Bishop of Koforidua Diocese, Most Rev. Joseph Afrifah-Agyekum, made the appeal in an interview with the media at Battor, during the joint launch of the 24th World Day of Sick between the Accra Archdiocese and the Koforidua Diocese at the Battor Catholic Hospital recently.
Rev. Joseph Afrifah-Agyekum’s call comes in the wake of numerous others, appealing to the Government and the NHIA to reimburse the health facilities for services rendered to subscribers of the National Health Insurance Scheme (NHIS).
“As a result of the undue delays by the NHIA in paying health facilities, since May last year, some hospitals are grinding to a halt,” adding, “This is negatively affecting health delivery across the country.”
“Do whatever it takes to save the situation, because the hospitals are suffering,” he appealed to the NHIA.
The Bishop who read Pope Francis’ message on the theme: Entrusting Oneself to Merciful Jesus like Mary: ‘Do whatever he tells you’ (John 2:5), explained the importance of the World Day of the Sick, and said the day was instituted by Pope St. John Paul in the 1990’s to raise awareness among health workers and the public on the need to be compassionate in sharing in the suffering of the sick.
Recognizing that health workers’ profession was a vocation, and a call to help alleviate the pains of the suffering sick, the Bishop charged them to make the care of patients of utmost priority. He, however, thanked health workers for their good works over the years and urged them to keep up it.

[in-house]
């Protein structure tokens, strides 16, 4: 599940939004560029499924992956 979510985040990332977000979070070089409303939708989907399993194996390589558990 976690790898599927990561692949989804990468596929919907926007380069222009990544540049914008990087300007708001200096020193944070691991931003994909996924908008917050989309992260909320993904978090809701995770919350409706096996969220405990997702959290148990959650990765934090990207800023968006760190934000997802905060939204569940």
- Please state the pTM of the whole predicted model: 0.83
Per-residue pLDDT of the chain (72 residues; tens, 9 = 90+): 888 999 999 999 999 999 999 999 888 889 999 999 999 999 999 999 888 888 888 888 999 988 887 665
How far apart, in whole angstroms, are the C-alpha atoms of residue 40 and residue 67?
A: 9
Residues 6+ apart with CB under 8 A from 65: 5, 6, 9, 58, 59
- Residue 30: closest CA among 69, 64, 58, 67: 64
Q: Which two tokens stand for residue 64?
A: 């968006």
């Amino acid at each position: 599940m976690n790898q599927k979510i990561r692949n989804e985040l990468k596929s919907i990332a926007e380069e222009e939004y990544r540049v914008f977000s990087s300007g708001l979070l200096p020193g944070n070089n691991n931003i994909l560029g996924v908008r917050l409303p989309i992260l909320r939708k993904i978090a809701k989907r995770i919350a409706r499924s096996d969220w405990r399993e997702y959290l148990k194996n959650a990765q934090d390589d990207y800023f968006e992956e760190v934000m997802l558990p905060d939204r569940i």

Very Rev. Fr. Francis Adoboli, Vicar General of the Accra Archdiocese, who chaired the function, underscored the need for individuals to value their health since it was critical for the development.
He said the Catholic Church has established health facilities to further Jesus Christ’s healing ministry to bring care to the many marginalised people in the society.
In a welcome address, Mr. Donatus Duncan Adaletey, Administrator of the Catholic Hospital, Battor, reminded health workers to extend love, respect and be compassionate to their patients, since they were important.
Mr Adaletey said times have changed and patients have become more enlightened due to the availability of information on the Internet, and warned health workers to guard against medico-legal issues because one big problem could cripple a health facility forever.
Calling for patients to be treated with dignity, the Administrator, who is also the Executive Secretary of Health in the Accra Archdiocese, urged health workers in Ghana, particularly those in Catholic health facilities, to always use words such as “welcome, thank you and sorry’ in their service. “In the face of capitation, it is only courtesy to patients that will attract them to patronise our facilities,” he added.
The Administrator announced a GHC 1 per month Leprosarium project and that some staff members of the Catholic Hospital were already contributing to support the inmates at the Ho Leprosarium.
Dr. Solomon Brookman, Medical Superintendent at the Hospital in a brief remark, said compassion was paramount in health delivery, and urged health workers to be compassionate, and be friendly to their patients.
At the programme, Madam Marie Helegbe of the Catholic Hospital Battor and Mr. Raphael Amuzu Dzameshie, of the Orthopaedic Training Centre, Adoagyiri-Nsawam, were rewarded for being the Best Workers for the Senior Staff Category in the Accra Archdiocese and Kofordua Diocese respectively.
Likewise Mrs. Emelia Amoah, of the St. Andrews Clinic, Kordiabe, and Madam Charlotte Aboagye of the Holy Family Nurses’ Training College, Nkawkaw were also rewarded for being the best in the Junior Staff Category, for the Accra Archdiocese and Koforidua respectively.
Source: Public Agenda
By Kwesi Yirenkyi Boateng